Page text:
There have been many new releases in the first quarter of 2020. The long anticipated release of Veeam Backup & Recovery version 10, we’ve been waiting for since 2017 and also the latest generation of VMware vSphere. While I had vSAN 7 beta running on my homelab cluster before GA, I’ve worked with Veeam Backup 10 only in customer projects. There’s unfortunately no room for playing with new features unless the customer requests it. One of the new features of Veeam v10 is the ability to use Linux proxies and repositories. With XFS filesystem on the repository you can use the fast clone feature which is similar to ReFS on Windows.
In this tutorial I will show how to:
Deploy and size the Veeam server
Show base configuration to integrate vCenter
Build, configure and deploy a Linux proxy and its integration into backup infrastructure
Build, configure and deploy a Linux XFS repository
Using Veeam Backup on a vSAN Cluster has special design requirements. There’s no direct SAN backup on VMware vSAN because there’s neither a SAN, nor a fabric and nor HBAs. There are only two backup methods available: Network Mode (nbd) and Virtual Appliance Mode (hotadd). The latter is recommended for vSAN, but you should deploy one proxy per host to avoid unnecessary traffic on the vSAN interfaces. Hotadd also utilizes Veeam Advanced Data Fetcher (ADF).
Talking about licenses: Having Linux proxies on each host will reduce the cost of Windows licensing. One more reason to play around with this new feature. A Veeam license will be required too, but as a vExpert I can get a NFR (not for resale) license which is valid for one year. Just one of the advantages of being a vExpert. 🙂
Let the games begin. We’ll need a Veeam server that holds the job database and the main application. The proxy and repository role will be kept on individual (Linux) servers.
If you have joined VMware Customer Experience Improvement Program (CEIP), you’re able to use Skyline-Health in your cluster. In older versions of vSphere/vSAN this feature used to be called vSphere-Health and vSAN-Health respectively. They both have been renamed to Skyline Health. You can access Skyline-Health in the vSphere-Client by navigating to Monitor > vSAN > Skyline-Health.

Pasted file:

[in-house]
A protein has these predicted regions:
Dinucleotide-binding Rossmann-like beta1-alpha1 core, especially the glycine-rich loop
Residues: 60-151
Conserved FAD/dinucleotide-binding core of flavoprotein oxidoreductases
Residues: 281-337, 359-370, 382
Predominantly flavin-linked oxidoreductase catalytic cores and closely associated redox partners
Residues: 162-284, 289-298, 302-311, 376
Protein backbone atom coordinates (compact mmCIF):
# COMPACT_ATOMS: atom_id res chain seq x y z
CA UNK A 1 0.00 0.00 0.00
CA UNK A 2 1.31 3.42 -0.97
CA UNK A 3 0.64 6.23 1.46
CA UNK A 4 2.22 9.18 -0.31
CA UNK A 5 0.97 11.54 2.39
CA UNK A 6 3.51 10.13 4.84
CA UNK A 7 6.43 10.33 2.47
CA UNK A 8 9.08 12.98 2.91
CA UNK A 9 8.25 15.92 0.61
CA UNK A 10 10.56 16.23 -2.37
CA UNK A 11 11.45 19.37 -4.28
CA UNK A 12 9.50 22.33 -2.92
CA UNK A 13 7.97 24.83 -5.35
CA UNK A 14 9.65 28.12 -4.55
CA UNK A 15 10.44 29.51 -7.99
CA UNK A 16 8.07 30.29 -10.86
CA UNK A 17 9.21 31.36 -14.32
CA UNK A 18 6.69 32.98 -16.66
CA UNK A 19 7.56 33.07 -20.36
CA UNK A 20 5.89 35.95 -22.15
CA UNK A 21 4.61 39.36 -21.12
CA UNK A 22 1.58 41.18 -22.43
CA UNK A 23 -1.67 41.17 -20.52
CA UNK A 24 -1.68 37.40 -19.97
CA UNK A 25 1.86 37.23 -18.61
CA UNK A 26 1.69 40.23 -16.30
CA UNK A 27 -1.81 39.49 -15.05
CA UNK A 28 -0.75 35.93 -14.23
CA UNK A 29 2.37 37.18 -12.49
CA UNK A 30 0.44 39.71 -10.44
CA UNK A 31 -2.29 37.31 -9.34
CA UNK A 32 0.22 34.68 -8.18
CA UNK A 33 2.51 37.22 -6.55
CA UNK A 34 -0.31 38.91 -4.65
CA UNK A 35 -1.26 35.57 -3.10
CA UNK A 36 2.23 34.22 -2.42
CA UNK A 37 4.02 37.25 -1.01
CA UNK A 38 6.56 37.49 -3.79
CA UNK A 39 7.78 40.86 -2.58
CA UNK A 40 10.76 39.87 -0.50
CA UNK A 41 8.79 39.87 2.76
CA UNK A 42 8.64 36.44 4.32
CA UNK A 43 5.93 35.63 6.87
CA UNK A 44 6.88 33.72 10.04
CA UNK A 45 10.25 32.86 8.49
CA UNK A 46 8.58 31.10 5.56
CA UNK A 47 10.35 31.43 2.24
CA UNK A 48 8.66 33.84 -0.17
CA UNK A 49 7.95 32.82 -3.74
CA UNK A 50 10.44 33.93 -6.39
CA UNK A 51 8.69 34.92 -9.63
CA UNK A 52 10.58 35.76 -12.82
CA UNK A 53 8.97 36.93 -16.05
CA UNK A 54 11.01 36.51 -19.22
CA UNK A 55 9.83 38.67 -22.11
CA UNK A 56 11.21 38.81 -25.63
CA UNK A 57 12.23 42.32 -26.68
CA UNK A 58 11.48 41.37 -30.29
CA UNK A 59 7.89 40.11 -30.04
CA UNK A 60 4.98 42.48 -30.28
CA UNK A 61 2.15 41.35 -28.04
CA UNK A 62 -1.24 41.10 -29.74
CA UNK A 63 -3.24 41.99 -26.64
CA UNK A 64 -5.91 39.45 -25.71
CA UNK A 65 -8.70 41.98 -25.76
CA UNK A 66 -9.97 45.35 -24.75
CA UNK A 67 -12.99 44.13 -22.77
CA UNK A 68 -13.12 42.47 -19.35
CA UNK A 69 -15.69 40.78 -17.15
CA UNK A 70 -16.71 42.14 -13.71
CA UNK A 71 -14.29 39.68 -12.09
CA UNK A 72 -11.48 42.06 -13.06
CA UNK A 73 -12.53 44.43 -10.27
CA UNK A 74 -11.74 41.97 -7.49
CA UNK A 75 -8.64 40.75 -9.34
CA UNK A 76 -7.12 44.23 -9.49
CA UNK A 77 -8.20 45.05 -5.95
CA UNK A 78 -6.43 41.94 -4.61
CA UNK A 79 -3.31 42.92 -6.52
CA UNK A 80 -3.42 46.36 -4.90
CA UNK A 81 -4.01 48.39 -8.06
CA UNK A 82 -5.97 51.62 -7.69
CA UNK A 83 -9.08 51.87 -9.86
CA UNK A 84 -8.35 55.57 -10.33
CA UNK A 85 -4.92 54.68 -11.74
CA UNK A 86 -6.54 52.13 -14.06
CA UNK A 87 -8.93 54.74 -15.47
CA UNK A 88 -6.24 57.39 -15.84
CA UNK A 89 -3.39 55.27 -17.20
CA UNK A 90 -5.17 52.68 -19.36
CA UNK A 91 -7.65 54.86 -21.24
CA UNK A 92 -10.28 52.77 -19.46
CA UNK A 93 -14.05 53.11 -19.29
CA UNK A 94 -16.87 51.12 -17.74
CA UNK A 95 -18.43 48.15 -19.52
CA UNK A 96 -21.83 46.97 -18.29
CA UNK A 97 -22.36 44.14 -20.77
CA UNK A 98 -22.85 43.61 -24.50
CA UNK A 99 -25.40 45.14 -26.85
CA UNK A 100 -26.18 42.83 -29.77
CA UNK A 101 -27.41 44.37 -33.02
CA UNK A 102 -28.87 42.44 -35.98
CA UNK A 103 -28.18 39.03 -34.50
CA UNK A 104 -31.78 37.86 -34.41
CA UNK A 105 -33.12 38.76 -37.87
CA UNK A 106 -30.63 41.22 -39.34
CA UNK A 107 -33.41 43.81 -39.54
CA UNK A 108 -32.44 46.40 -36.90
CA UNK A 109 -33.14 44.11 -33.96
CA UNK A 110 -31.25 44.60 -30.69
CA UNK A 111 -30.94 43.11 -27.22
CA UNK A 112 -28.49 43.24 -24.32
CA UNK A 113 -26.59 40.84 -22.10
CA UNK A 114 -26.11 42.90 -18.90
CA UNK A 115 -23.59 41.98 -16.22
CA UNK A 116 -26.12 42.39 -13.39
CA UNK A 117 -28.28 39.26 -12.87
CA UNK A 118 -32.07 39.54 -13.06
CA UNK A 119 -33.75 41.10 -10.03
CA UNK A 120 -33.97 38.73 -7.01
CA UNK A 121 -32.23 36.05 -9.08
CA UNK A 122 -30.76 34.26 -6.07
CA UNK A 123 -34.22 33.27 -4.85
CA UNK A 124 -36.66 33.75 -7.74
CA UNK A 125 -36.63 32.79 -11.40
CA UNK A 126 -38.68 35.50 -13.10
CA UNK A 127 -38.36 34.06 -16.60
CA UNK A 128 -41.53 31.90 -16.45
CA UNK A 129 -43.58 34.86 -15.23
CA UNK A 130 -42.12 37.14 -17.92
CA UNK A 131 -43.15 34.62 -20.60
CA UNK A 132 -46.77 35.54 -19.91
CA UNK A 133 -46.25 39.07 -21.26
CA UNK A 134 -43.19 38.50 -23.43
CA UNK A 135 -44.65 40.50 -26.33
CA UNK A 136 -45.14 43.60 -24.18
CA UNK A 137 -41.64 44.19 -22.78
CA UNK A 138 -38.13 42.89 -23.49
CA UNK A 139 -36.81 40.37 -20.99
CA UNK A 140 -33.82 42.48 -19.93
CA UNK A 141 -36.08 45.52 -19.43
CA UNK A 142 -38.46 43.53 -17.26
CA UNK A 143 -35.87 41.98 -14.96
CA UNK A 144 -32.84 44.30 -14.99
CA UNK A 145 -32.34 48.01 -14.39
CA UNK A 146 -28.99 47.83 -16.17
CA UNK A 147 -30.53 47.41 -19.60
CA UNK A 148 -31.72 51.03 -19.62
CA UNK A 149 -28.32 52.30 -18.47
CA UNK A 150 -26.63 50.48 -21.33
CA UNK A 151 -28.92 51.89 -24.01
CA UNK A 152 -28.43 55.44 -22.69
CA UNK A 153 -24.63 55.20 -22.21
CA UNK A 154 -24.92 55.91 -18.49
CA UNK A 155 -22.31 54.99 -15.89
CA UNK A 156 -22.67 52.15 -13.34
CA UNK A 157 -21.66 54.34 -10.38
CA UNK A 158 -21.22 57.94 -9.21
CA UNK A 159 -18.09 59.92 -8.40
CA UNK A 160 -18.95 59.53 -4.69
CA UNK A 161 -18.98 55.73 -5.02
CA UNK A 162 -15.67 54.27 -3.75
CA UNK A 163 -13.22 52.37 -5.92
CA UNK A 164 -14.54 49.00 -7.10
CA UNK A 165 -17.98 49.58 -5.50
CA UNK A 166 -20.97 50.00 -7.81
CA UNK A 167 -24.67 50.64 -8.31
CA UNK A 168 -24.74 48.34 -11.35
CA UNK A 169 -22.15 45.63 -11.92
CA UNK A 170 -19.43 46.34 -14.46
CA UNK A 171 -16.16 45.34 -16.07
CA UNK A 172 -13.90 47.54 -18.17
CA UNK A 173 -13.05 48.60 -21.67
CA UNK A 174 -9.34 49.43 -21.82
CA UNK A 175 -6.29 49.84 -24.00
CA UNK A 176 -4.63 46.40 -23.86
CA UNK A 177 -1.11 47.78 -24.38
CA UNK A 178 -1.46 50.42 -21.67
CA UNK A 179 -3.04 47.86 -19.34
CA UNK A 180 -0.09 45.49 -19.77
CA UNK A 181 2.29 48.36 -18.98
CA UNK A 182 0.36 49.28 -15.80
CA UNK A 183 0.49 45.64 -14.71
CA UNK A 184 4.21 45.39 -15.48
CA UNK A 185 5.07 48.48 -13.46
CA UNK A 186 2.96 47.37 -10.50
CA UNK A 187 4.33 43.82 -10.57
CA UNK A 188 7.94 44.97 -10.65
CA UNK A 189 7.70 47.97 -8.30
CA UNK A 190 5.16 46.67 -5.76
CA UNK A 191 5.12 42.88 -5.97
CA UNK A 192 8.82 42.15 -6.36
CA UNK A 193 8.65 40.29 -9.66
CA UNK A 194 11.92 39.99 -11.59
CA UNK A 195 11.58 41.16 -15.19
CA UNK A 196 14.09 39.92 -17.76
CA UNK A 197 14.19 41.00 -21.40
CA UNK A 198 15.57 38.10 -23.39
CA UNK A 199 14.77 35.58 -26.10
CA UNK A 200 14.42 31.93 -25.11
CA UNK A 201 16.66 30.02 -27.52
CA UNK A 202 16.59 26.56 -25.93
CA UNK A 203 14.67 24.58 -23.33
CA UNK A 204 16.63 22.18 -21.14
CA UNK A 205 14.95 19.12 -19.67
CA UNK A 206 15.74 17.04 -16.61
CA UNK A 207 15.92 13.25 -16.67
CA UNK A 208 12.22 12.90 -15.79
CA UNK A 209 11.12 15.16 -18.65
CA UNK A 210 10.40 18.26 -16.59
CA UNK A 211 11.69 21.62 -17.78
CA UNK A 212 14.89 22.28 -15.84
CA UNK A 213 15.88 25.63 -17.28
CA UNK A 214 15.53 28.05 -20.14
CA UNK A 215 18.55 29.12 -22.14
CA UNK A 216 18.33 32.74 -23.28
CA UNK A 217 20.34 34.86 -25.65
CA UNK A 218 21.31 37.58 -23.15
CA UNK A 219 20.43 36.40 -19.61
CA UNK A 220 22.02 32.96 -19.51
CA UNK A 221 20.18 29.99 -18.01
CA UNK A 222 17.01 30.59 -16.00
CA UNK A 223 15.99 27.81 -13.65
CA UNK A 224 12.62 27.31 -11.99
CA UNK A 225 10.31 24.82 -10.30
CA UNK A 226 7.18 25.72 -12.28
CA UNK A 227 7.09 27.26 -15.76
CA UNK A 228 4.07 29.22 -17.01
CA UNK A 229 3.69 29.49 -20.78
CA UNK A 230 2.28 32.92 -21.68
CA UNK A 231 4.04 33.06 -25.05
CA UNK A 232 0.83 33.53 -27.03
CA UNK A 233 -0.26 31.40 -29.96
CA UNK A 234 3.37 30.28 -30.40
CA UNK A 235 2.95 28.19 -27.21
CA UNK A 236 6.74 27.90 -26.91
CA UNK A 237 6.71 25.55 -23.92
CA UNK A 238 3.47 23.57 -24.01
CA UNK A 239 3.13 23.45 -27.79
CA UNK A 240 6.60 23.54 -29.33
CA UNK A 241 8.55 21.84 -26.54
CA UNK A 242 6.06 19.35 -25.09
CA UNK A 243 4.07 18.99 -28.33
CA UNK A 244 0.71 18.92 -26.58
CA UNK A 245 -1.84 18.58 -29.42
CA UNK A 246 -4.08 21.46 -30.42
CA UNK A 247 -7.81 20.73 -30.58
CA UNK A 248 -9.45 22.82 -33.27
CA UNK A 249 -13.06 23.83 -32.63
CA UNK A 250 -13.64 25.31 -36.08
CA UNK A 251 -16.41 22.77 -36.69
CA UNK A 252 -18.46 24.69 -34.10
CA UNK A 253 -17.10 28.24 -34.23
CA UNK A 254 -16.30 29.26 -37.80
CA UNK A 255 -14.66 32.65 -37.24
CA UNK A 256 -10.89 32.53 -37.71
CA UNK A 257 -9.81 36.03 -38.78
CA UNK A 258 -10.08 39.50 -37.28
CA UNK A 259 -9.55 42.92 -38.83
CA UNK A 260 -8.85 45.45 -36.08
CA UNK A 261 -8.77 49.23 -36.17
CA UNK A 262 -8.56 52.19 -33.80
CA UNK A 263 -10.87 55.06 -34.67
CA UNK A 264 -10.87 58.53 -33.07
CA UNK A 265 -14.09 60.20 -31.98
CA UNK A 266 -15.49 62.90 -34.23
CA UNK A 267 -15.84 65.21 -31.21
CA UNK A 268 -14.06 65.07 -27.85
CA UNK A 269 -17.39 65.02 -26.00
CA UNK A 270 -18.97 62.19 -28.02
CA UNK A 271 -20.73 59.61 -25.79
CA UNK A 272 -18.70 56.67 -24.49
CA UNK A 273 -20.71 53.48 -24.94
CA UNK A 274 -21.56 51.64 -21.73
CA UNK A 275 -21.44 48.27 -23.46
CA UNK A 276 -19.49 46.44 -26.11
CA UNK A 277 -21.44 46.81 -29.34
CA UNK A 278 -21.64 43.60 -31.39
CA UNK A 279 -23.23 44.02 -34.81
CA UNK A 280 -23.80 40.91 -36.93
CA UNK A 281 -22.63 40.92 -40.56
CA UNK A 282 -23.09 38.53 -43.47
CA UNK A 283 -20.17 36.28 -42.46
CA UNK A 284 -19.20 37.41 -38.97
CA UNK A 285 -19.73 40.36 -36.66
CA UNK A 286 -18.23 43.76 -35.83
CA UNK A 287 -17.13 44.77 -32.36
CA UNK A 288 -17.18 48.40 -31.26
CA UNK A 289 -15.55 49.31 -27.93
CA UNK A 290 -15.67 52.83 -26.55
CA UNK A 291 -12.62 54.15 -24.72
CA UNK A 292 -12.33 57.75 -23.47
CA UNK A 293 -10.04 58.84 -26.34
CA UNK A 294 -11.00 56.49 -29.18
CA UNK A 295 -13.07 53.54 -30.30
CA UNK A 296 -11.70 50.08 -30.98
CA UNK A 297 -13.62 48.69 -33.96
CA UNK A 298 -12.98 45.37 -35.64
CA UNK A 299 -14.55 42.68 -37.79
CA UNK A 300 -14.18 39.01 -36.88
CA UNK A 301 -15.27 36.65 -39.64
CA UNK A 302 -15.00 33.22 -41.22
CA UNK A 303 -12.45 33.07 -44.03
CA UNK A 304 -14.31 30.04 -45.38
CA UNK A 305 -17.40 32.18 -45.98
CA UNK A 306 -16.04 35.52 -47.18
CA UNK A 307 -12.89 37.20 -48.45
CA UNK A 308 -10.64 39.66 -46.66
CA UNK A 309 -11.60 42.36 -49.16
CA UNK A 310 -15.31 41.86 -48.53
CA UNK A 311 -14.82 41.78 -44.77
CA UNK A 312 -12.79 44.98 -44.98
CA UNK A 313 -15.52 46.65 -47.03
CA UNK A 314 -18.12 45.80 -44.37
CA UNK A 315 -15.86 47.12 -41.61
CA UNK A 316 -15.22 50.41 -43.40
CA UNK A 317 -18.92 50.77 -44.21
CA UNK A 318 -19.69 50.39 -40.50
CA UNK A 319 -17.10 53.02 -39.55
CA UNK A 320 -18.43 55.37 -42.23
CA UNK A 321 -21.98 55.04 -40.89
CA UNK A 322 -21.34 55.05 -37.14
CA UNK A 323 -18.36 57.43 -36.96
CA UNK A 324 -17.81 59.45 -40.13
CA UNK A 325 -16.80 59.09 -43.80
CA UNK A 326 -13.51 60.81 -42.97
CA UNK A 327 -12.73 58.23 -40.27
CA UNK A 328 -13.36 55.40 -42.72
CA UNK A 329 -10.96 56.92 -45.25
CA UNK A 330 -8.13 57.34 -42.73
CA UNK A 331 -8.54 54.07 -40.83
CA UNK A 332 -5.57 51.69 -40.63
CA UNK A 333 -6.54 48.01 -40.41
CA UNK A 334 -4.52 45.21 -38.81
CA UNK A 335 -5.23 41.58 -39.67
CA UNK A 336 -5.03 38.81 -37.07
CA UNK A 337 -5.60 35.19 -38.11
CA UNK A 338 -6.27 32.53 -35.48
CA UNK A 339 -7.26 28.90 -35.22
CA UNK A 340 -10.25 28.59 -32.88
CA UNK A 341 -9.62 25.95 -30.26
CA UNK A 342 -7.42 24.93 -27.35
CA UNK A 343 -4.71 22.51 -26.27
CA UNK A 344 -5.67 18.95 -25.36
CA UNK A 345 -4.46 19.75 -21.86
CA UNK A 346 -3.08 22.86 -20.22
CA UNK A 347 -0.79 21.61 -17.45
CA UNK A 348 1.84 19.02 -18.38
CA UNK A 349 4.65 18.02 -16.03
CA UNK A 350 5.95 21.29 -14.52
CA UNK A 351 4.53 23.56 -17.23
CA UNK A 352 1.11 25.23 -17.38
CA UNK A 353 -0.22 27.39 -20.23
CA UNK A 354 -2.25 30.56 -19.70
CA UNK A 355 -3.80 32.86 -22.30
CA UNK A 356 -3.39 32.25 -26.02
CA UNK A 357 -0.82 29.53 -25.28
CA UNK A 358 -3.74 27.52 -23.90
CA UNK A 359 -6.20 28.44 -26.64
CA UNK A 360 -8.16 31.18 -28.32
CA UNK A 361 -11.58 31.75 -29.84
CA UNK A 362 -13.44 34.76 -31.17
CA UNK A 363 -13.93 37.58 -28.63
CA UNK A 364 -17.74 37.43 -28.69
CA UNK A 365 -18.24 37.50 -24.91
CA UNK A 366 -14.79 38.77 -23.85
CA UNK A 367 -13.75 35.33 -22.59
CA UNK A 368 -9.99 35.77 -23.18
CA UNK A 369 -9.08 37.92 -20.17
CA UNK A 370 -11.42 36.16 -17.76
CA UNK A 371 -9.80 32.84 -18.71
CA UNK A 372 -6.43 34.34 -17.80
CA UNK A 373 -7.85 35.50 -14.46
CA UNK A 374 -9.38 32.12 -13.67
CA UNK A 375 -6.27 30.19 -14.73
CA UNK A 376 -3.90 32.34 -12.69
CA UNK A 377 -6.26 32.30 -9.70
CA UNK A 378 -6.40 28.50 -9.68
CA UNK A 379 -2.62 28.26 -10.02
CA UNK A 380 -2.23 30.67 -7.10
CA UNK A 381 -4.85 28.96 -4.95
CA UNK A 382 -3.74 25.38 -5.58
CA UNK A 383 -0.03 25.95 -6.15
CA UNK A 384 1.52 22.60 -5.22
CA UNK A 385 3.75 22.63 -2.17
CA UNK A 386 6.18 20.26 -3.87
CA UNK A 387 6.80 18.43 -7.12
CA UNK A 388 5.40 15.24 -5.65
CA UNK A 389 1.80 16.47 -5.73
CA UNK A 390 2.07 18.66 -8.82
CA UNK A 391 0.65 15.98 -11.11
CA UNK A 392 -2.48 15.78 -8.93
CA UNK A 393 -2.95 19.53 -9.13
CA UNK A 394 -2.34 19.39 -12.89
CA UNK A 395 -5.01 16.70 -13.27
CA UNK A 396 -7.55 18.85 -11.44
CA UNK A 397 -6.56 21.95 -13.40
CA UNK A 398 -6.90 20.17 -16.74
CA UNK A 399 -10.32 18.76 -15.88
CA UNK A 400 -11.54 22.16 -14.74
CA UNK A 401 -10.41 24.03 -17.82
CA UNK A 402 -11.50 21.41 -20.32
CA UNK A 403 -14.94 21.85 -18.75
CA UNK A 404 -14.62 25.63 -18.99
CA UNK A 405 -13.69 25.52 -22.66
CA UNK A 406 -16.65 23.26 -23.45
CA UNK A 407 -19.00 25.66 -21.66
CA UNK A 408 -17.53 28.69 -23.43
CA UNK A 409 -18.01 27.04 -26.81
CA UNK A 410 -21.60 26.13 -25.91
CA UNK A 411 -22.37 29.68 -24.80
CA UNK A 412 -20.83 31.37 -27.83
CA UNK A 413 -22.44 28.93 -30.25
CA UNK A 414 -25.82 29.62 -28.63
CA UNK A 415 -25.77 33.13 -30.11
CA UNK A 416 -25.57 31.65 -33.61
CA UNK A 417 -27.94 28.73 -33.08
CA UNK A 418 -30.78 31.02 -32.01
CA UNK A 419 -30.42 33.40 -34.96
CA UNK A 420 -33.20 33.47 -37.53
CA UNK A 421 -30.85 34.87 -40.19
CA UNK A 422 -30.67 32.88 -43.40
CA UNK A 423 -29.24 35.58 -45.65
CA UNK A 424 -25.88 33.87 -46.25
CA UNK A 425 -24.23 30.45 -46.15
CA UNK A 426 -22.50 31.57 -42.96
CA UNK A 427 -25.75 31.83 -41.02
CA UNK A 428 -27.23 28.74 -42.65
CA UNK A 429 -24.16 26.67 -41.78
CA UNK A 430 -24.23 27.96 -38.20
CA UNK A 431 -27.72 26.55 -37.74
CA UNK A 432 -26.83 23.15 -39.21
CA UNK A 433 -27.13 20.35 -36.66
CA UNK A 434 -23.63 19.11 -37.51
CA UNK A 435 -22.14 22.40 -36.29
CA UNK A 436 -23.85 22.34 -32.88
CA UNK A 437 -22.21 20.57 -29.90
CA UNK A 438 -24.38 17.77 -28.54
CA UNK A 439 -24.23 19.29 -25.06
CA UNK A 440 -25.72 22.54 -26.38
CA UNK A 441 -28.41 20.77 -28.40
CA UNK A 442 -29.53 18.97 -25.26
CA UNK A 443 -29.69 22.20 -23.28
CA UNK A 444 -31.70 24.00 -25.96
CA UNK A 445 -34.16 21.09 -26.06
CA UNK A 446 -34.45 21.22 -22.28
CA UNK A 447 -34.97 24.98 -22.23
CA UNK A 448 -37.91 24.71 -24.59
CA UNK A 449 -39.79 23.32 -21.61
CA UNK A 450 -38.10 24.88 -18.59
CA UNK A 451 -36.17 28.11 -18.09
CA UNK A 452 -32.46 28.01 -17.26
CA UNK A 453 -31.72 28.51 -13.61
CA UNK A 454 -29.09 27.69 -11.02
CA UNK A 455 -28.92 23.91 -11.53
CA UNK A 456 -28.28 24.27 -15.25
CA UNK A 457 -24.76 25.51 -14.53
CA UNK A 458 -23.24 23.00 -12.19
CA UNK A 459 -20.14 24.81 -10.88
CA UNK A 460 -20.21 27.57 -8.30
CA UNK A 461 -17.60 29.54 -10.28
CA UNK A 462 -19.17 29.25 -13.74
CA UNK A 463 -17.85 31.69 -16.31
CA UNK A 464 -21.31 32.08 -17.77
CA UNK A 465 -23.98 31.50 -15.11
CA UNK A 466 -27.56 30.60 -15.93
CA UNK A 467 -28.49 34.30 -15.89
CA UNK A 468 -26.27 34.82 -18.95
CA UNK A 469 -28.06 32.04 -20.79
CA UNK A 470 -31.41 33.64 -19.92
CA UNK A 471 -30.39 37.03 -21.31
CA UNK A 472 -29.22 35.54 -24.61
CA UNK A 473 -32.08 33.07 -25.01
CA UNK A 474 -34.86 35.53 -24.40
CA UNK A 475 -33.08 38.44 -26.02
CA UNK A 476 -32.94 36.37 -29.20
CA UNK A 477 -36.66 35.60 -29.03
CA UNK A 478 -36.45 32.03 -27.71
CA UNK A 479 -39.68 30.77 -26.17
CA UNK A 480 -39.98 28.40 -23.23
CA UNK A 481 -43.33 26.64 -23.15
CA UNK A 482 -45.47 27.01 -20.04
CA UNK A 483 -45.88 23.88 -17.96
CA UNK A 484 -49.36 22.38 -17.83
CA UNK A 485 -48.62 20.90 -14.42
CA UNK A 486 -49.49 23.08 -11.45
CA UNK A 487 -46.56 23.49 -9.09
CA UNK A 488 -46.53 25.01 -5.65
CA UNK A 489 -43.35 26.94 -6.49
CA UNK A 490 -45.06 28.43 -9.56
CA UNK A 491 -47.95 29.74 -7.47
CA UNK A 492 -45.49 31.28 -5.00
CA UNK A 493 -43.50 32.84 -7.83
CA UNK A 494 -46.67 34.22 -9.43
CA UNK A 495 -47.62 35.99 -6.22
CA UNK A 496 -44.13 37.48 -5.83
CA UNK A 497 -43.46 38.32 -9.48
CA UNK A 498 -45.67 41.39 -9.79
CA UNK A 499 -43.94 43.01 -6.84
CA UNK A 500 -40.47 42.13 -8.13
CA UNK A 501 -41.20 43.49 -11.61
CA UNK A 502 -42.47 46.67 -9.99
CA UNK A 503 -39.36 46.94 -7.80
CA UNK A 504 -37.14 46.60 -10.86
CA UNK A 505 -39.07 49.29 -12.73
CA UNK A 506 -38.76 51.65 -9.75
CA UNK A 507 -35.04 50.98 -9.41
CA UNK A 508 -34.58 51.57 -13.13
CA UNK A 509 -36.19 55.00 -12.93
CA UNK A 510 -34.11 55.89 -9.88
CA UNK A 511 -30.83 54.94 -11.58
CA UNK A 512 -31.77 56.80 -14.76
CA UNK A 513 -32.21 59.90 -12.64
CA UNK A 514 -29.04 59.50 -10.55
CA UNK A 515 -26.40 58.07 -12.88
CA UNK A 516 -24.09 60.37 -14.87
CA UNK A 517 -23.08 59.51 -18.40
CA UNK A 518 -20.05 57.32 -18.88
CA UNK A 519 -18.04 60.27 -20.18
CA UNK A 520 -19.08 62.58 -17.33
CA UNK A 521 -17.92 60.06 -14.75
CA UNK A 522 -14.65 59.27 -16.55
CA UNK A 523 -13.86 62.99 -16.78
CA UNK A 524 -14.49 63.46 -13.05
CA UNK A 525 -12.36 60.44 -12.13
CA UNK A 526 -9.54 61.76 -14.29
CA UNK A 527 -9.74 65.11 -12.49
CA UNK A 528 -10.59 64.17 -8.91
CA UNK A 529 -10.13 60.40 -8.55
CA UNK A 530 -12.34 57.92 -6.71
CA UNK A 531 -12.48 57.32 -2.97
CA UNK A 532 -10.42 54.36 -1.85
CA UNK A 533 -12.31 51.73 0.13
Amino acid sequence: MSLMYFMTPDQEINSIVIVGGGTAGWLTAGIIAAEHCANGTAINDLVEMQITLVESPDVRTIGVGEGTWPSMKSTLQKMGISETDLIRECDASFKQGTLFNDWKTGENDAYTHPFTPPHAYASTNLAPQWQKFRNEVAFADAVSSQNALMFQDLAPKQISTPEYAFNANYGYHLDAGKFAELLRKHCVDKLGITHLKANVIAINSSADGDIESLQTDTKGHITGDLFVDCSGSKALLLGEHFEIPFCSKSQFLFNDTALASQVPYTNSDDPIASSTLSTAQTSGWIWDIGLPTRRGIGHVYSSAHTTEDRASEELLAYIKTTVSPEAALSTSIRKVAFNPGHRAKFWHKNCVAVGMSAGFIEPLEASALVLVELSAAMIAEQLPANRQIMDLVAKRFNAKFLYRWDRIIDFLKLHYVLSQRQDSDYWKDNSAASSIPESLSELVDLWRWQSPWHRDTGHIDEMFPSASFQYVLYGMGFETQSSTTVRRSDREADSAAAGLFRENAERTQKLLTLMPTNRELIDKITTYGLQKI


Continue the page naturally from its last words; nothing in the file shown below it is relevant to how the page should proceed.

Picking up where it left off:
Today I’ve seen a warning after powering on up my homelab.
Drilling into details showed one of 4 hosts issued a warning: “Proactive rebalance is needed”.
Usually a vSAN cluster will distribute load amongst capacity disks automatically. For some reason that wasn’t the case in my homelab. But there’s help. You can click on “Configure Automatic Rebalance” directly from Skyline-Health (see picture below).
You’ll be redirected to vSAN cluster configuration. As you can see in the screenshot below, my cluster wasn’t configured for automatic rebalance.
Just move the slider and vSAN will automatically start to balance disks. A couple of minutes later the warning had switched to green. Depending on the cluster load and how imbalanced the capacity disks are, this process might take a while.
I usually get a lot of questions during trainings or in the process of vSAN designs. People ask me why there is a requirement for 30% of slack space in a vSAN cluster. If you look at it without going deeper, it looks like a waste of (expensive) resources. Especially with all-flash clusters it’s a strong cost factor. Often this slack space is mistaken as growth reserve. But that’s wrong. By no means it’s a reserve for future growth. On the contrary – it is a short term allocation space, needed by the vSAN cluster for rearrangements during storage policy changes.
Last Tuesday a delivery notification made me happy. Hardware shipping is on its way. Now it was time to get the cabling ready. I can’t stand Gordian knots of power cords and patch cables. I like to keep them properly tied together by velcro tape. To keep things simple, I’ve started with a non-redundant approach for vSAN traffic and LAN. Still eight patch cables that had to be labeled and bundled. Plus 4 cables for the iPMI interface. I found out later that the iPMI interface will make a fallback to the LAN interface if not connected. That’s nice. Saves me four cables and switch ports.
All four hosts came ready assembled and had accomplished a burn in test. The servers are compact and have the size of a small pizza box. They’re 25,5 cm wide, 22,5 cm deep and 4,5 cm high. But before I’m going to press power-on, I need to have a look under the hood. 🙂
Let’s start with the rear side. As you can see in the picture, there are plenty of interfaces for such a small system. In the lower left corner there’s the 12V connector which can be fastened by a screwcap. Then there are two USB 3.0 connectors and the iPMI interface above them. The iPMI comes with console and video redirection (HTML5 or Java). No extra license needed.
Then we have 4x 1 Gbit (i350) ports and four 10 Gbit (X722) ports. Two of which are SFP+. In the lower right there’s a VGA interface. Thanks to console redirection this is not necessary. But it is good to have one in emergencies.